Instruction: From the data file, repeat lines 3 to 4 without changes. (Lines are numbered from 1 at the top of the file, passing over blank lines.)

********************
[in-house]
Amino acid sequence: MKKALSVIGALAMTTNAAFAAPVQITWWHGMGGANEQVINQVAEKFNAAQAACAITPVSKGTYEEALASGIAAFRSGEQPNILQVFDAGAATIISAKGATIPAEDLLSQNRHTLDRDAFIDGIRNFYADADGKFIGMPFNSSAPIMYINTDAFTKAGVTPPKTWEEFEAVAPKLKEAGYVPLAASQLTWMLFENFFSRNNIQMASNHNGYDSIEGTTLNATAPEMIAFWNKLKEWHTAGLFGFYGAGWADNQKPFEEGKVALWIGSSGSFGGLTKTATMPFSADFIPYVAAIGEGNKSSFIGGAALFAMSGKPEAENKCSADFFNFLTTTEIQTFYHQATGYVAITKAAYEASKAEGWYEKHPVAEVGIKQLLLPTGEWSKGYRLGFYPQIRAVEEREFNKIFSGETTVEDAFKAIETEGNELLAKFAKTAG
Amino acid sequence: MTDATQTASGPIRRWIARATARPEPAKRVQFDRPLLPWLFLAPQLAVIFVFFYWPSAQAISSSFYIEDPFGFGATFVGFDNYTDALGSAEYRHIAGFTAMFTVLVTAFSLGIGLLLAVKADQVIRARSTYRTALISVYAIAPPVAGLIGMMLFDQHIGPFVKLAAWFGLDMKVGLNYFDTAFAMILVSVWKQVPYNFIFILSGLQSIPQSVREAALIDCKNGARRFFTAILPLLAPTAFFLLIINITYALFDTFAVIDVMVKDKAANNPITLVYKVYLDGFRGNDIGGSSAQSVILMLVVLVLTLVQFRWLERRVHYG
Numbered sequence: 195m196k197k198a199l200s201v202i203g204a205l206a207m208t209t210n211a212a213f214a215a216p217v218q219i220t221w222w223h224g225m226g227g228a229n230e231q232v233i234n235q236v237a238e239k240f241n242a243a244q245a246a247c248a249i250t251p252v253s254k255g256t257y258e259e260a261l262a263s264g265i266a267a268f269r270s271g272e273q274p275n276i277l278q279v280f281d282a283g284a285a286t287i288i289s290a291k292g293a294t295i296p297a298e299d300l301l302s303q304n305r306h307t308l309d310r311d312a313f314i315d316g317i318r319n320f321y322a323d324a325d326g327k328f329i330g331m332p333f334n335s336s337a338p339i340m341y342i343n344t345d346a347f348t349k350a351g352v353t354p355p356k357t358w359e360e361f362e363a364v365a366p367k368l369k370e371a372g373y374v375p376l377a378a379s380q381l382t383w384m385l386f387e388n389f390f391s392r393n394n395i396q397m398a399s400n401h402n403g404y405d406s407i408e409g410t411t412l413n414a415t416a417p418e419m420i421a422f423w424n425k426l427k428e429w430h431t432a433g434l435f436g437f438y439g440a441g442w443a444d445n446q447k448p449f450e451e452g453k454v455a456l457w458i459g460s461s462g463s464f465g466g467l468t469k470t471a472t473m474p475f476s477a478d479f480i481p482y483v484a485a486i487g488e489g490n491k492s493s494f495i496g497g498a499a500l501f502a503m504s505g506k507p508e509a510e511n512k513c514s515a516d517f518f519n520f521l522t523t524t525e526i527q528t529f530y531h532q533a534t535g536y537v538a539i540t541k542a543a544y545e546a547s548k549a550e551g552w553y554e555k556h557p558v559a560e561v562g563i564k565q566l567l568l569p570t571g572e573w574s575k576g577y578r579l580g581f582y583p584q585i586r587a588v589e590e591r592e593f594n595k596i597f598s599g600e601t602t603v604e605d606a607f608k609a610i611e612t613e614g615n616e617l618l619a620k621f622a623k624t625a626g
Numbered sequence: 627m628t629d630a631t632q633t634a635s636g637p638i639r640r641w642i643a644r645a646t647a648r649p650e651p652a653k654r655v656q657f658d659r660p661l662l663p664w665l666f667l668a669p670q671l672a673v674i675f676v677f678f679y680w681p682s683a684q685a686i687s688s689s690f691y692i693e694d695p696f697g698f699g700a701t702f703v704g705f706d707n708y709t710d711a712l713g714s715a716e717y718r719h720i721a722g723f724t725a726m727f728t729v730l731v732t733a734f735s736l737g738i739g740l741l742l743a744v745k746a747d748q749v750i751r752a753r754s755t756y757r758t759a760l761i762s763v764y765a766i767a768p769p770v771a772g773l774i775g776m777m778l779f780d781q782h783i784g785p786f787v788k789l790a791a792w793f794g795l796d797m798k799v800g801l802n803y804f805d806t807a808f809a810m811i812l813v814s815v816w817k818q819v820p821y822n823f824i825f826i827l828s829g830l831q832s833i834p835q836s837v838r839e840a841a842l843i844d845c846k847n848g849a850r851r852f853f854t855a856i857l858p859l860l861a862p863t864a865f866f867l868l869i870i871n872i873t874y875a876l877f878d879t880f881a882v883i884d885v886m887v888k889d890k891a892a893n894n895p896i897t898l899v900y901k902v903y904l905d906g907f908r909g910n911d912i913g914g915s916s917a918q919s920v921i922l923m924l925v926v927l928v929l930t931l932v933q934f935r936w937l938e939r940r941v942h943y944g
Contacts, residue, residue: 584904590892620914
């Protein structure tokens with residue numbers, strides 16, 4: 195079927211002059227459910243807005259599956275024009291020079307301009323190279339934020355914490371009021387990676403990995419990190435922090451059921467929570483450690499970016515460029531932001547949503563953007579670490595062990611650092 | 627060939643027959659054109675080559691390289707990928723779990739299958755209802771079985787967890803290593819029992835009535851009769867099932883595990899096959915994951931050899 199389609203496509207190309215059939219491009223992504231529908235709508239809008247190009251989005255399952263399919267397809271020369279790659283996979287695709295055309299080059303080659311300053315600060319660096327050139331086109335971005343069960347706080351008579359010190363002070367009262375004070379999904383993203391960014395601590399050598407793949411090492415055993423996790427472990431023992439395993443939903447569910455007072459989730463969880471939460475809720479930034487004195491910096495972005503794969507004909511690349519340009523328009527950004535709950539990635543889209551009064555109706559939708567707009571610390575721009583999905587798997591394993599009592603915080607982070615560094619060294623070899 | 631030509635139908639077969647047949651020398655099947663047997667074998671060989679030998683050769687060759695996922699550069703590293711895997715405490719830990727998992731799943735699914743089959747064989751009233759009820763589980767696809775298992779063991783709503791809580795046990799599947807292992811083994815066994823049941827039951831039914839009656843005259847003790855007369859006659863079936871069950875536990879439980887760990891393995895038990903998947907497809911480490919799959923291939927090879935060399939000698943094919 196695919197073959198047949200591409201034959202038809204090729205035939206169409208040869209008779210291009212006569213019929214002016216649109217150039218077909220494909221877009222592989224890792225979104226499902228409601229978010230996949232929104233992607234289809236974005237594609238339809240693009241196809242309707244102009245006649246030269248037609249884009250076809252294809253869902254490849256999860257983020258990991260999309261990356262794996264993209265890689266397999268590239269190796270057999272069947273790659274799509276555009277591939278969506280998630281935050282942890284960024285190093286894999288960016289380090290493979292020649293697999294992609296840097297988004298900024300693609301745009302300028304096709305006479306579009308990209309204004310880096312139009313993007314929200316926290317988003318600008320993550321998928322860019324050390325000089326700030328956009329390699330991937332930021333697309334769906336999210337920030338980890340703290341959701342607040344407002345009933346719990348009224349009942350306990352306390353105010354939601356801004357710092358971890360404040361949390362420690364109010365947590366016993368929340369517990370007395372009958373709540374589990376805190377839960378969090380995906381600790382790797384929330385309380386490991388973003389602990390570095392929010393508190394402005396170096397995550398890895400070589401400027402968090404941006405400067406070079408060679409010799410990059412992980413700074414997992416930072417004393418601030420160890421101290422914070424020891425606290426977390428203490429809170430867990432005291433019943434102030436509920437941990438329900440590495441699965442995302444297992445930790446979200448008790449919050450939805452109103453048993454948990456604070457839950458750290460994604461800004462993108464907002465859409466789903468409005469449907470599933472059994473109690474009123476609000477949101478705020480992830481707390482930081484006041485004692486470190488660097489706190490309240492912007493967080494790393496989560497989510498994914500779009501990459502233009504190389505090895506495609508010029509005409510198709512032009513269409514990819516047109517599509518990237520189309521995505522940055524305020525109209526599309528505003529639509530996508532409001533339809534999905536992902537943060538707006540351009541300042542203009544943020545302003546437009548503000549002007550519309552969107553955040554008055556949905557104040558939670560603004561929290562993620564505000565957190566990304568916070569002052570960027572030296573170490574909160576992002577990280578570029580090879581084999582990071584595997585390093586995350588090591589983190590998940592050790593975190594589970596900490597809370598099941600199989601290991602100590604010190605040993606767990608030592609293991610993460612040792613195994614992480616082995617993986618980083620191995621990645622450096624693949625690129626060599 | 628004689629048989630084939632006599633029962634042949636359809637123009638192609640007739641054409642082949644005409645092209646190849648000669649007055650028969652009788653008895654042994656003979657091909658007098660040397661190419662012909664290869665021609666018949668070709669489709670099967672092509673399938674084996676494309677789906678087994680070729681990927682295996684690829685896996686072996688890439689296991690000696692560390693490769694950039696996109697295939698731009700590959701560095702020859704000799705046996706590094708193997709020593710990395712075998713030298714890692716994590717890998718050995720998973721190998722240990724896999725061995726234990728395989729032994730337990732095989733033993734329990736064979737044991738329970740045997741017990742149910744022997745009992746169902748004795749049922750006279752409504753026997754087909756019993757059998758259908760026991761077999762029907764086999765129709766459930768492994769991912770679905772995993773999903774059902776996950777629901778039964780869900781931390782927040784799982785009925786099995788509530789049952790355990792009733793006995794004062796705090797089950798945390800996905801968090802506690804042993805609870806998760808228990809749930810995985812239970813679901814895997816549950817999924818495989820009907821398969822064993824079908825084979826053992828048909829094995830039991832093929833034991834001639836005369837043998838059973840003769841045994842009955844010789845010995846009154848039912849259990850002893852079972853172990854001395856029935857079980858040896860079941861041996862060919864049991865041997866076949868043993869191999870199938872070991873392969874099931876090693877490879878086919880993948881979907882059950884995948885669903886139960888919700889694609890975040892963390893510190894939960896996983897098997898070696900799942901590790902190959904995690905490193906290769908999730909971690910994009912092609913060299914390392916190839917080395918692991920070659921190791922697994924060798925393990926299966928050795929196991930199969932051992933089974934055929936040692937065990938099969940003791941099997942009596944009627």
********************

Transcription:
Amino acid sequence: MTDATQTASGPIRRWIARATARPEPAKRVQFDRPLLPWLFLAPQLAVIFVFFYWPSAQAISSSFYIEDPFGFGATFVGFDNYTDALGSAEYRHIAGFTAMFTVLVTAFSLGIGLLLAVKADQVIRARSTYRTALISVYAIAPPVAGLIGMMLFDQHIGPFVKLAAWFGLDMKVGLNYFDTAFAMILVSVWKQVPYNFIFILSGLQSIPQSVREAALIDCKNGARRFFTAILPLLAPTAFFLLIINITYALFDTFAVIDVMVKDKAANNPITLVYKVYLDGFRGNDIGGSSAQSVILMLVVLVLTLVQFRWLERRVHYG
Numbered sequence: 195m196k197k198a199l200s201v202i203g204a205l206a207m208t209t210n211a212a213f214a215a216p217v218q219i220t221w222w223h224g225m226g227g228a229n230e231q232v233i234n235q236v237a238e239k240f241n242a243a244q245a246a247c248a249i250t251p252v253s254k255g256t257y258e259e260a261l262a263s264g265i266a267a268f269r270s271g272e273q274p275n276i277l278q279v280f281d282a283g284a285a286t287i288i289s290a291k292g293a294t295i296p297a298e299d300l301l302s303q304n305r306h307t308l309d310r311d312a313f314i315d316g317i318r319n320f321y322a323d324a325d326g327k328f329i330g331m332p333f334n335s336s337a338p339i340m341y342i343n344t345d346a347f348t349k350a351g352v353t354p355p356k357t358w359e360e361f362e363a364v365a366p367k368l369k370e371a372g373y374v375p376l377a378a379s380q381l382t383w384m385l386f387e388n389f390f391s392r393n394n395i396q397m398a399s400n401h402n403g404y405d406s407i408e409g410t411t412l413n414a415t416a417p418e419m420i421a422f423w424n425k426l427k428e429w430h431t432a433g434l435f436g437f438y439g440a441g442w443a444d445n446q447k448p449f450e451e452g453k454v455a456l457w458i459g460s461s462g463s464f465g466g467l468t469k470t471a472t473m474p475f476s477a478d479f480i481p482y483v484a485a486i487g488e489g490n491k492s493s494f495i496g497g498a499a500l501f502a503m504s505g506k507p508e509a510e511n512k513c514s515a516d517f518f519n520f521l522t523t524t525e526i527q528t529f530y531h532q533a534t535g536y537v538a539i540t541k542a543a544y545e546a547s548k549a550e551g552w553y554e555k556h557p558v559a560e561v562g563i564k565q566l567l568l569p570t571g572e573w574s575k576g577y578r579l580g581f582y583p584q585i586r587a588v589e590e591r592e593f594n595k596i597f598s599g600e601t602t603v604e605d606a607f608k609a610i611e612t613e614g615n616e617l618l619a620k621f622a623k624t625a626g